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Published: Tuesday 29th of October 2013
Shakespeare’s Hamlet is, perhaps, his iconic play and certainly his most cult tragedy, written in the late 16th century. The play is of the tragedy genre and follows the Prince of Denmark on a dramatic downward spiral into madness. Hamlet, the name of the prince, plots revenge on his uncle Claudius but he is often confronted with ghosts that cause him to question his actions and constantly muse on what he’s doing.
Hamlet is the longest play Shakespeare has written and is often considered to be one of the most powerful pieces of literature in the world. Its global status as a renowned play is largely due to Shakespeare’s ability to create a compelling drama with a gripping plot featuring well thought out and defined characters that add to every part of the story.
Shakespeare’s Hamlet is, perhaps, one of the best places to write about and analyze because there is just so much to discuss. Before getting stuck in details, consider our advice about how to set up and write your perfect Hamlet essay.
Before you start writing and criticizing, get reading with your critical mindset engaged. There are a lot of different methods you can use for this purpose, so see which one works best for you and employ that to help you gather the relevant ideas you’ll need to prepare the perfect essay.
A simple highlighter can serve you well when you are engaging in the critical reading activity. Sure, this sounds a little basic (“Isn’t this what we did in school?” – You may ask.) but often the best ideas are the simplest. You can use different colors to tell you about various ideas in Hamlet, for instance, yellow could denote the use of symbolism and green could serve as a useful reminder about the most important themes. It’s up to you and makes the process of reading a play a little less taxing.
Not to mention, make sure there’s the key to the different colors. It sounds simple but you could get carried away otherwise! When you’re color coding something this helps your brain to make a mental note, reinforcing the idea so that you can use it in your analysis later. It’ll not only be helping you with useful reminders and references, it’ll be getting your brain engaged in fifth gear analysis mode.
Annotations can serve you well, especially, when you write something down, which is related to the words annotated. Not only have you reminded yourself of what is important, you can remind yourself of what you were thinking at that time. Highlighting something can show you what parts of the text are worth considering, and making an annotation can show you what is worth studying about them in particular.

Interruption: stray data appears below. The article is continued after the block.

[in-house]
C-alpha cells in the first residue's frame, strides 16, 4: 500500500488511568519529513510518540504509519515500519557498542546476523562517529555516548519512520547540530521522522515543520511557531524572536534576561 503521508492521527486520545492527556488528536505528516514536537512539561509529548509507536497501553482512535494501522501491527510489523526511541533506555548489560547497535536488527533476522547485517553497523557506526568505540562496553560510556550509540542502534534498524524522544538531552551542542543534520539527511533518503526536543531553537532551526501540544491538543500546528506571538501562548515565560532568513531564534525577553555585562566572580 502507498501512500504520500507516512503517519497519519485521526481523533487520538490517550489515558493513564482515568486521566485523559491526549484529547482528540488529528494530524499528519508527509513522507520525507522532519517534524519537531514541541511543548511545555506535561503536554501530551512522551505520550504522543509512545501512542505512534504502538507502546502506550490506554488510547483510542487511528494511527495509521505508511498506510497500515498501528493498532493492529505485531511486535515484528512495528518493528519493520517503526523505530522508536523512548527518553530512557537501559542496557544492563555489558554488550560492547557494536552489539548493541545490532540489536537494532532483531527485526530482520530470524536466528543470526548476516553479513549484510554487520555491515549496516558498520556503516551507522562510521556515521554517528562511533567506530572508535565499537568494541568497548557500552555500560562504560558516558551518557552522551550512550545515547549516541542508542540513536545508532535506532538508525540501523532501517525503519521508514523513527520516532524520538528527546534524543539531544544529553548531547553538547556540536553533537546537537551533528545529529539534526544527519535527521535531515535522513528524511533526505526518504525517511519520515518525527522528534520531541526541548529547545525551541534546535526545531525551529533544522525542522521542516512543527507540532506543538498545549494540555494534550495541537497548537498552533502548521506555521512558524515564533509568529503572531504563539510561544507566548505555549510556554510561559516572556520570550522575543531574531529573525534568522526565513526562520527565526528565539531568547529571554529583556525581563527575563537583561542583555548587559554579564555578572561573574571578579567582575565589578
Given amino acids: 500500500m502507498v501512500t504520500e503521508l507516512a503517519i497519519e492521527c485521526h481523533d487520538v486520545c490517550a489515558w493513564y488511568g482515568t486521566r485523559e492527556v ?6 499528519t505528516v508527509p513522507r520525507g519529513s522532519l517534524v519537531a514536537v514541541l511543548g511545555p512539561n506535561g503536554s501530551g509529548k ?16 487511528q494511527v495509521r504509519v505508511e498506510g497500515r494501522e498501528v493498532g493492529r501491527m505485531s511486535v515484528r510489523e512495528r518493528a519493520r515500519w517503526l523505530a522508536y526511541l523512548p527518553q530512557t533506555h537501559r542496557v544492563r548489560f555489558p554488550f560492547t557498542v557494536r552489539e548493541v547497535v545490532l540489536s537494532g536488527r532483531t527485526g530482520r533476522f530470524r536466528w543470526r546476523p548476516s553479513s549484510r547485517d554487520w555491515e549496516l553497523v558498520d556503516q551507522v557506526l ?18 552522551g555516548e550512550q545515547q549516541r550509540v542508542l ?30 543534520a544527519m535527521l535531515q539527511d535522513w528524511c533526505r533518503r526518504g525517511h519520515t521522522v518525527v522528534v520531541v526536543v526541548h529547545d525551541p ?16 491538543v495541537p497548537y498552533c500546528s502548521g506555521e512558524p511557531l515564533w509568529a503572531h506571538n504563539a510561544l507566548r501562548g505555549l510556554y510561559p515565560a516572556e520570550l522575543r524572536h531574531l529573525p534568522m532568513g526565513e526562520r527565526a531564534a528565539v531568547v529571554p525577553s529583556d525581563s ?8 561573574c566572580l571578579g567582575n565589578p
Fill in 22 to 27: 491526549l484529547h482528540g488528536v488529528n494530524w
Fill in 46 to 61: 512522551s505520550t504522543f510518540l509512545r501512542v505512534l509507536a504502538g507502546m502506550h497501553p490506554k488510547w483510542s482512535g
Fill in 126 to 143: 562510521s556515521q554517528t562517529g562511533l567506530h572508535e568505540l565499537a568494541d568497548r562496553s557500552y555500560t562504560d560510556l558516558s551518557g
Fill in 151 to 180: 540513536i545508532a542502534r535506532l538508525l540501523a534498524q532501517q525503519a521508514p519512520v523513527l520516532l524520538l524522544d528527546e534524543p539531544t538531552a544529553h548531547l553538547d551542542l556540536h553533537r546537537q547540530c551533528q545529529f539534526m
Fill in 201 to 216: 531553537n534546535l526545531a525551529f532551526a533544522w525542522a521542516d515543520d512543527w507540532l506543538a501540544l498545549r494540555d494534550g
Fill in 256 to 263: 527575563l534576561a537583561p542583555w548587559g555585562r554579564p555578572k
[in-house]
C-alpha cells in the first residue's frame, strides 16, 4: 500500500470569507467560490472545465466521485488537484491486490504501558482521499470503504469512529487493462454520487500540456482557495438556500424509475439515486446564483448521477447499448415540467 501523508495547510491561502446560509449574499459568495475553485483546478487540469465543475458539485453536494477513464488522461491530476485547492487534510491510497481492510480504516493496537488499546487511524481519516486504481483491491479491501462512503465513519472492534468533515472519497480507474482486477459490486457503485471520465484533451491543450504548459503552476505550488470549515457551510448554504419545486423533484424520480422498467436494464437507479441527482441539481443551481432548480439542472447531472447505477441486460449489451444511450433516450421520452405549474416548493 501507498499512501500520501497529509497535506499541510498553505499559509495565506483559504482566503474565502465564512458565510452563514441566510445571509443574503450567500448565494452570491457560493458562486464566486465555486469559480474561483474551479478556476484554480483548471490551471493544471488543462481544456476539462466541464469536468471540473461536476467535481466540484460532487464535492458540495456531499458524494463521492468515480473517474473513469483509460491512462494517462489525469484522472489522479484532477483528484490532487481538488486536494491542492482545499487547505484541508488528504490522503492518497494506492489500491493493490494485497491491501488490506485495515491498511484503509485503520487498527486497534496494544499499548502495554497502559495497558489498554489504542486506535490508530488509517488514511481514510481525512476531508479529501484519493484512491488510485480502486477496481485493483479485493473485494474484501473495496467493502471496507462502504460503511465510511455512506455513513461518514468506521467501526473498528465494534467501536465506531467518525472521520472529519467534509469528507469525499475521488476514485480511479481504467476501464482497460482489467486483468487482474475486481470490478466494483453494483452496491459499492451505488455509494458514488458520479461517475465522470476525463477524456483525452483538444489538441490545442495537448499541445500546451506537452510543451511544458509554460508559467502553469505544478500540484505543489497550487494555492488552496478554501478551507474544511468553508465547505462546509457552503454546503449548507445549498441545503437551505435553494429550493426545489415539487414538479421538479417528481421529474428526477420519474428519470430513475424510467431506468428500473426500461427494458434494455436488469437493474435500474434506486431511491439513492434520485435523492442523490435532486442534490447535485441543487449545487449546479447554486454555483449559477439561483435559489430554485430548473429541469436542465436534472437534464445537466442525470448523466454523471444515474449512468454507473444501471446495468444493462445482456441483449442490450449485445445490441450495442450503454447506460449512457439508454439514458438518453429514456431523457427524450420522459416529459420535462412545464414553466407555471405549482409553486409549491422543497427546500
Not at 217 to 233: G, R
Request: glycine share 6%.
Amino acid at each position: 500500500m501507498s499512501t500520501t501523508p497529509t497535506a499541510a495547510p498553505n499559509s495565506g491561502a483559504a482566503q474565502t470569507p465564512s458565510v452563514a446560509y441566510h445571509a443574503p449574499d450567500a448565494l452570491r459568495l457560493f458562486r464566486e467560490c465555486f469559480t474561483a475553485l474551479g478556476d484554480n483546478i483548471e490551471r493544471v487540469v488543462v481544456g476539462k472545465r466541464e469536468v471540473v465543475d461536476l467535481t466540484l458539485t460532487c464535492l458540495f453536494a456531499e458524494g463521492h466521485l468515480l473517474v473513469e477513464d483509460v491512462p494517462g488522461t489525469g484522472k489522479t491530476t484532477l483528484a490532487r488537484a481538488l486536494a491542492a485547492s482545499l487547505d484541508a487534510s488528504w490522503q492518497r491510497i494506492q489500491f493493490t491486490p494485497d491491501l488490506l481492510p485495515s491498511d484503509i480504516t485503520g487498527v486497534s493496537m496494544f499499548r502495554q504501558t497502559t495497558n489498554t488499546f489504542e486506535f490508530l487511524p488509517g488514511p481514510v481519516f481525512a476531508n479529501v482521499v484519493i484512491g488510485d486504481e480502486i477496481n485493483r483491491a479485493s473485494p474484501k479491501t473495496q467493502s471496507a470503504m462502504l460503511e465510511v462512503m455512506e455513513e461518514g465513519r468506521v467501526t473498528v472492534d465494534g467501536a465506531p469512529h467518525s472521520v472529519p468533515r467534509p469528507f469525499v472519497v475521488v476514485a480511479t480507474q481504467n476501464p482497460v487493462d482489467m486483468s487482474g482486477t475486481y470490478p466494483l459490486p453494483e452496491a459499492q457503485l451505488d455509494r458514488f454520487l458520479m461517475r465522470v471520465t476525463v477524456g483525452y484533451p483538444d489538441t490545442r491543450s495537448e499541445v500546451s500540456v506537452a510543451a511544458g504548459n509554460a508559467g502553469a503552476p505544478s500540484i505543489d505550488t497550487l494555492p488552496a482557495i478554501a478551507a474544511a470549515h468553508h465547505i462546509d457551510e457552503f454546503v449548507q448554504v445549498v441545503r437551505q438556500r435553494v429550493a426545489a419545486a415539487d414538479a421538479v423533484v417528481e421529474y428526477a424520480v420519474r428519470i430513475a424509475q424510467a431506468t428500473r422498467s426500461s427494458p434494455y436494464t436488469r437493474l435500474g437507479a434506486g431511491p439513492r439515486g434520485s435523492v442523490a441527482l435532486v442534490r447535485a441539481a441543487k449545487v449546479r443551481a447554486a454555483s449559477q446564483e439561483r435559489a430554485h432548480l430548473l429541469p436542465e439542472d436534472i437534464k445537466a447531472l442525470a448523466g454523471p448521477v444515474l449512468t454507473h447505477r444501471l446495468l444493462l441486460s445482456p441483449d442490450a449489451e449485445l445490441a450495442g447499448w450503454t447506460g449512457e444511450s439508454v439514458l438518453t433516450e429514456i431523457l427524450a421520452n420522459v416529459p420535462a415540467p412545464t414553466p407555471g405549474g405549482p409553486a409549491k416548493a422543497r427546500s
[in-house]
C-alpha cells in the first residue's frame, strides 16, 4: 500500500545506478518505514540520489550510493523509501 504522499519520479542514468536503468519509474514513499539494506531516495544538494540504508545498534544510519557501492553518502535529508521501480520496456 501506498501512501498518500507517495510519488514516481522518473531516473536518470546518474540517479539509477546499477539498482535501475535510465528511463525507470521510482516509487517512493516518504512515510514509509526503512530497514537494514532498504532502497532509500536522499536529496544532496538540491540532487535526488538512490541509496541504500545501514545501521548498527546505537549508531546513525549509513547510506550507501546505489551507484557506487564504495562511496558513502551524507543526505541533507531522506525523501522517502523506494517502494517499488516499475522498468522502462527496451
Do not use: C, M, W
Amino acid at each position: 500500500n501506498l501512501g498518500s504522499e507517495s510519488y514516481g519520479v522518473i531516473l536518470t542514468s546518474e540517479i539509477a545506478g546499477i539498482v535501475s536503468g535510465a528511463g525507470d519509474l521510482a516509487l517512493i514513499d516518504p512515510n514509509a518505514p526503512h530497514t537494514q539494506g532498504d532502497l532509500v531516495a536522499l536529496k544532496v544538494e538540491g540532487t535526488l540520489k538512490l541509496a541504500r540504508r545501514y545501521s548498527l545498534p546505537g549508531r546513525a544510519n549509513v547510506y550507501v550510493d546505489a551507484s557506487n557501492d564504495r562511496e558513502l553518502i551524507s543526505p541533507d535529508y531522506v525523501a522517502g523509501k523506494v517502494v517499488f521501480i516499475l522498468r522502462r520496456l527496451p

While you’re reading Hamlet, it wouldn’t be a bad idea to make a separate note page so that you can collect thoughts and ideas for a good plan, when the time comes to make one. It’s better to have yourself prepared for your plan as soon as possible, so why waste time re-reading Hamlet over and over to find what you’re looking for.
Having gathered together everything you need in terms of ideas, it’s now time to decide on what you want the essay to focus on. Do you have a topic in mind? If not, you will need to find one by picking something that’s interesting to you. If your topic has already been determined, you can go ahead and start planning the essay, hopefully, getting the text to a Shakespearean standard. Just joking! Although, get inspired by how well he has written.
To get you inspired into writing a well thought out plan, take note from this example with an essay based on the following title: What does the ghost of Hamlet’s father represent? Of course, this is just a rough idea – you’ll have many opinions of your own that you’ll want to flesh out the essay, but it’s not a bad choice to take a look at how a rudimentary plan should be written.
3. Advice on the Murder
This a brief note on how to plan correctly. The fun part of fleshing out the essay is up to you!
Without a simple and concise thesis statement, your essay isn’t going to be much. A thesis statement will show the audience exactly what has been set out to do, and what the rest of your essay will be about. It’s no use proceeding straight away with your arguments and points if a reader isn’t sure about what to expect. Getting a thesis statement in your introduction helps to bring your arguments to the forefront of the audience’s mind, stimulating the audience to understand what’s coming next.
A clear thesis statement, tying all your ideas together, can feature in your introduction and bring everything commonly in the conclusion. Don’t fret, the statement needn’t be a difficult task to write, it should be short and sweet. You can have plenty of time to flesh out the rest of your points in the main body of the essay.
Shakespeare is a master of writing and there’s a lot you can consider his work. As you read through Hamlet, hopefully, your mind becomes opened up to a whole world of literary discovery. There are more than enough topics to be written so if you’ve got to come up with your own, choose which part of the play appeals the most to you. The story alone is captivating enough to write a whole book on but also there are themes, literary devices and use of language too.
Just make sure you don’t ramble on about everything you know – it can be tempting for students to do this but be aware that it won’t necessarily score you marks for coherence, style, and structure. Focus on a key idea, character, theme, symbol or other topic and analyze it to your full potential.